“Whether you think you can, or you think you can’t–you’re right.” – Henry Ford
Visualization is the act of forming images in your head. Visualization can be used, and should be used on a daily basis, regardless of what your job is. In the gym, visualization is an extremely powerful tool to help you accomplish tasks that may seem out of reach.
Practice visualizing parts of the workout – the lifts you’ll be doing, the body weight movements you’ll be doing, and the feeling you have doing them in a positive manner. Visualize your front squat with your back vertical and tight and elbows high. Visualize your pullups being strung together in easy sets with your core tight and heels and toes glued together. The more you visualize and practice, the better you will get.
There’s a rule that I use whenever I’m weightlifting…I even use it when doing some gymnastic stuff too (handstand walking in particular). It is that I never attempt the lift until I’ve already successfully done it in my head. So, before I approach the bar for a front squat, I stand in front of it and visualize un-racking it, taking a couple steps back, and sitting back into my heels, then driving powerfully out of the bottom with my back tight and elbows high. Once I’ve seen that in my head and I feel confident, then I walk to the bar and actually do it.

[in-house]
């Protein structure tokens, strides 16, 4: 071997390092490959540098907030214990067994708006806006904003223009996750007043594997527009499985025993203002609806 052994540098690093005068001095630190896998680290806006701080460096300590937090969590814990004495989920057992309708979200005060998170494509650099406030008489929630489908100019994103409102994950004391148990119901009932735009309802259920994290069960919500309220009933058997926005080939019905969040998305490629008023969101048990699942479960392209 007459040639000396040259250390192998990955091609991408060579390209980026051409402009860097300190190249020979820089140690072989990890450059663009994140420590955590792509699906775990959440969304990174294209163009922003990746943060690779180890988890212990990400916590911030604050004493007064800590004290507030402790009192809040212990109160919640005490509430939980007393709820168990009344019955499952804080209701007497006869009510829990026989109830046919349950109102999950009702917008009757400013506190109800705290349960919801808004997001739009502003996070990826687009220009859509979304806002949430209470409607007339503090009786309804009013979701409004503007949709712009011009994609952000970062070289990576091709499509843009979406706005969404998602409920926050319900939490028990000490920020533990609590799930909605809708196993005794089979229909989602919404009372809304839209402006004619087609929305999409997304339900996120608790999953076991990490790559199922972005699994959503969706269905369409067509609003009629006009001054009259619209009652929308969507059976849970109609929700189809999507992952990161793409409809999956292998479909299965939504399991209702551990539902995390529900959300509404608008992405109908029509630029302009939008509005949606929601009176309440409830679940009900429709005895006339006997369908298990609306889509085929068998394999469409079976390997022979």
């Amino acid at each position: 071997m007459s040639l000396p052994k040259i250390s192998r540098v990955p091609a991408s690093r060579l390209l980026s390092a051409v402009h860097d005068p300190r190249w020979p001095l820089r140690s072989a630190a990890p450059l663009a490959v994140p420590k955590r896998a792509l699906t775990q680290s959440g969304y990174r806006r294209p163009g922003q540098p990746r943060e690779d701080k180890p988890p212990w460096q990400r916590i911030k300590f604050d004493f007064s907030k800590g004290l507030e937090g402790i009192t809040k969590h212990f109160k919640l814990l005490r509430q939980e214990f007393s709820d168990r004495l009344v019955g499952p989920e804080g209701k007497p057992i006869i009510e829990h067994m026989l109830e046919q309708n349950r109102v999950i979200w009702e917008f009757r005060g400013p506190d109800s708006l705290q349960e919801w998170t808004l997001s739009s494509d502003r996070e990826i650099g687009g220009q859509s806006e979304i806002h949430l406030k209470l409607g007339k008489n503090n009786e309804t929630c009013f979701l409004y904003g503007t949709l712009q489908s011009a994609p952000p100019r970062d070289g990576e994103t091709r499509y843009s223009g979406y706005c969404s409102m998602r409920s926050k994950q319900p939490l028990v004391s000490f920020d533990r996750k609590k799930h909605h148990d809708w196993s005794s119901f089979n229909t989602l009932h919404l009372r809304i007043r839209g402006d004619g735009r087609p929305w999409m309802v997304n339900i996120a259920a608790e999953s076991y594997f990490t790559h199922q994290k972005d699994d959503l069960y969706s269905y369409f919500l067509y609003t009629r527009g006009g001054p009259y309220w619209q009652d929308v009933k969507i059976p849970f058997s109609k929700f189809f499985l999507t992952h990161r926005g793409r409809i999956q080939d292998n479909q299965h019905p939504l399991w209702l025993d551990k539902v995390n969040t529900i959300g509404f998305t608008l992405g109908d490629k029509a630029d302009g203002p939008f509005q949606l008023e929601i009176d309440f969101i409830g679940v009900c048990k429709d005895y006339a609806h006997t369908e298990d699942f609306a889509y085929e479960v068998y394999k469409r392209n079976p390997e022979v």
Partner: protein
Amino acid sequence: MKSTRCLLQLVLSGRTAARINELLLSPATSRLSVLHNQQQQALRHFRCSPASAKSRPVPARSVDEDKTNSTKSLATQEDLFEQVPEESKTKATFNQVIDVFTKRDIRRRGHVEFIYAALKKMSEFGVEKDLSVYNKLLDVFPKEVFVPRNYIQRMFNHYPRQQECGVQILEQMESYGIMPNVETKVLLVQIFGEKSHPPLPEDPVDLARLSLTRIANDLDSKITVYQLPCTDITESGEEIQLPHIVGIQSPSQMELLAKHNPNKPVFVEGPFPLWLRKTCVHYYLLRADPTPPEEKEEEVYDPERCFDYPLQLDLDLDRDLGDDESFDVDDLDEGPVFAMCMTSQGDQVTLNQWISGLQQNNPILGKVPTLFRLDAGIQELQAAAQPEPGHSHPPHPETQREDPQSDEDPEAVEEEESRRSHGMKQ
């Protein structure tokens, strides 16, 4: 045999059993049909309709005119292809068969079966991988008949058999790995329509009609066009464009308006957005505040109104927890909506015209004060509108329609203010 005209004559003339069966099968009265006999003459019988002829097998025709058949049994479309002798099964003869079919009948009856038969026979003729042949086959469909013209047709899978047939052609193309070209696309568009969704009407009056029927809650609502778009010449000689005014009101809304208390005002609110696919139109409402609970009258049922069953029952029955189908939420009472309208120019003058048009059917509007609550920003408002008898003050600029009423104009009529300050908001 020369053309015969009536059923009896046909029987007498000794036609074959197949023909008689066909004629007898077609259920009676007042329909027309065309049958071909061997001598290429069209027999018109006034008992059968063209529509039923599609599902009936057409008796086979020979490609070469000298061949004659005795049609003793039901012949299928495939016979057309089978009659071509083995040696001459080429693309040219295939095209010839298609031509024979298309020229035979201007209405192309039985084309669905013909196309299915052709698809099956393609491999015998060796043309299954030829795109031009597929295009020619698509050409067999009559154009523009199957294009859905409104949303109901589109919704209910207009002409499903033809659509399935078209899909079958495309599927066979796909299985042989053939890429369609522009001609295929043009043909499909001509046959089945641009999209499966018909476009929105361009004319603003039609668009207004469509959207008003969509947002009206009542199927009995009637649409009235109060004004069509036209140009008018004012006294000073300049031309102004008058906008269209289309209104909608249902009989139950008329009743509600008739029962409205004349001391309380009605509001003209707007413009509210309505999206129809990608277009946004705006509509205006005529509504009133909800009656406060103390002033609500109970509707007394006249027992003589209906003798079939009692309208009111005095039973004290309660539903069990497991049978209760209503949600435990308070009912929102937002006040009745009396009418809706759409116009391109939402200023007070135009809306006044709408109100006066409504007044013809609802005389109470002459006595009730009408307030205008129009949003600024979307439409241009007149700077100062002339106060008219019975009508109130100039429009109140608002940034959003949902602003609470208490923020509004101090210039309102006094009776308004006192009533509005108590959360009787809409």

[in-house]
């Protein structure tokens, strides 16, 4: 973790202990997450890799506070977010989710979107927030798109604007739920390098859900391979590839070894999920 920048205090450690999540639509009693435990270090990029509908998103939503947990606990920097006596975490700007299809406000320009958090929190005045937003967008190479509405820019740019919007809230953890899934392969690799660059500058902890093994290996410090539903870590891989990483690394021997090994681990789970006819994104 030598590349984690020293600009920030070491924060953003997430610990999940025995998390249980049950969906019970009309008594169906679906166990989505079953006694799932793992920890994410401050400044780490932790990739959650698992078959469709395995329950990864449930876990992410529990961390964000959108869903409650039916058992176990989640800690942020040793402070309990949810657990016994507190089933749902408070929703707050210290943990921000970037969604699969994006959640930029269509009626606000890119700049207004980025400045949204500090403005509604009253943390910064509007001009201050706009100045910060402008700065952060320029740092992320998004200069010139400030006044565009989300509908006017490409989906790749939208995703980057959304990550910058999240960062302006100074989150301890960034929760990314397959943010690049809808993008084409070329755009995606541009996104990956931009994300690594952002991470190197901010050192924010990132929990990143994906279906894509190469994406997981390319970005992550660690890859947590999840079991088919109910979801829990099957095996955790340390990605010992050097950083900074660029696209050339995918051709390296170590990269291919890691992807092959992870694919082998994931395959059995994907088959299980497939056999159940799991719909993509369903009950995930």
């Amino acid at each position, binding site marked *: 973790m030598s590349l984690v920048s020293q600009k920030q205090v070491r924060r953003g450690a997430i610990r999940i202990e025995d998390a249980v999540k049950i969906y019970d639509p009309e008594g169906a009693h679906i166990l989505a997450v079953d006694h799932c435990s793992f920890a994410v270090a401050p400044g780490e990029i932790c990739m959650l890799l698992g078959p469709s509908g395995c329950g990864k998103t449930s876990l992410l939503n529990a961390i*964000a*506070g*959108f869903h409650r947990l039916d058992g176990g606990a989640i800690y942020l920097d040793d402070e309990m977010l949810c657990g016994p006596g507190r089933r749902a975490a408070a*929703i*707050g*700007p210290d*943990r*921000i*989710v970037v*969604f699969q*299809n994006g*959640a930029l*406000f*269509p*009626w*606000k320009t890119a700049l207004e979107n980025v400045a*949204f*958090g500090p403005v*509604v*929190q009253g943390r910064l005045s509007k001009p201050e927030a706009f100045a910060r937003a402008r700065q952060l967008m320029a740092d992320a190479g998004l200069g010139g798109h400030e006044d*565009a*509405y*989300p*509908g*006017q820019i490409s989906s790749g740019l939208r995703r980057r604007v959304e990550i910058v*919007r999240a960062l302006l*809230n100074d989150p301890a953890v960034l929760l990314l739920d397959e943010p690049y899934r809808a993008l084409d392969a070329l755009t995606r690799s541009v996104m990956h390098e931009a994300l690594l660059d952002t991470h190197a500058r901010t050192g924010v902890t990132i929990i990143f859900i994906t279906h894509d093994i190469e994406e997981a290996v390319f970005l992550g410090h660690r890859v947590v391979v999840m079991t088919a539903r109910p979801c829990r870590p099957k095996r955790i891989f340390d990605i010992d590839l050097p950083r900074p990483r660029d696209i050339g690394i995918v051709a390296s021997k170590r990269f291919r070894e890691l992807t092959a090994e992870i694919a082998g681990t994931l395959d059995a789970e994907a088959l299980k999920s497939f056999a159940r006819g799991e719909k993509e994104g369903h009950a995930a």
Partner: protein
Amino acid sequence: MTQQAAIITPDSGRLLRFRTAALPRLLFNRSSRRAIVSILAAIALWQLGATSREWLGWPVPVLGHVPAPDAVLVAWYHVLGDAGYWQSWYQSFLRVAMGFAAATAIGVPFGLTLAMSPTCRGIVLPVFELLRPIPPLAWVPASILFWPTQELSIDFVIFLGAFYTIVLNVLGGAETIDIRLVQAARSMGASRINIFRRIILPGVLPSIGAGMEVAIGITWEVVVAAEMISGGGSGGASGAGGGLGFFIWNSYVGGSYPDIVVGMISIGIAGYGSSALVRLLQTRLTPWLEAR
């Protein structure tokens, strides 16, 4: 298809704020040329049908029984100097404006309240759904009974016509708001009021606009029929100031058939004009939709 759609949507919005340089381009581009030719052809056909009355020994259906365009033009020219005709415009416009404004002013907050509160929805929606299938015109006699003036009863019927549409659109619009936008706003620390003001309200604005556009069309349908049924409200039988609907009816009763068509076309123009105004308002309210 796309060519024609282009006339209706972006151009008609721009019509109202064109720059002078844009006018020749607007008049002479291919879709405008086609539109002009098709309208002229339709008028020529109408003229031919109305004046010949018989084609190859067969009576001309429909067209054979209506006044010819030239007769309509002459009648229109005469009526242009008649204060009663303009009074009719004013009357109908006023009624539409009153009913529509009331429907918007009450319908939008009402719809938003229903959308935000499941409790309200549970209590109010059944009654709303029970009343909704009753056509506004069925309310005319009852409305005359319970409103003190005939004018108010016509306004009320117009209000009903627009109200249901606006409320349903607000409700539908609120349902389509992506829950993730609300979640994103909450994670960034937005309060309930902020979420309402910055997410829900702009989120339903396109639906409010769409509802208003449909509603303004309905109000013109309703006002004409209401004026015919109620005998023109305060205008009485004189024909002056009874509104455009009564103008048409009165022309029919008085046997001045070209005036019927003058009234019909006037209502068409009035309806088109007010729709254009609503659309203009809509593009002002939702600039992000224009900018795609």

Visualization can be done before you even enter the gym, once you’re in your warm up, as you are warming up to your heavy weights, and as you are lifting personal records.
Workout of the Day
Run 800 meters
5 rounds of
L3 – Chest to bar, deficit (25 lb. plate)
L2 – chin over, regular
L1 – modified
With a partner or alone, 1 mile sled drag. Men – 3 plates, Women – 2 plates
Post your scores to the whiteboard.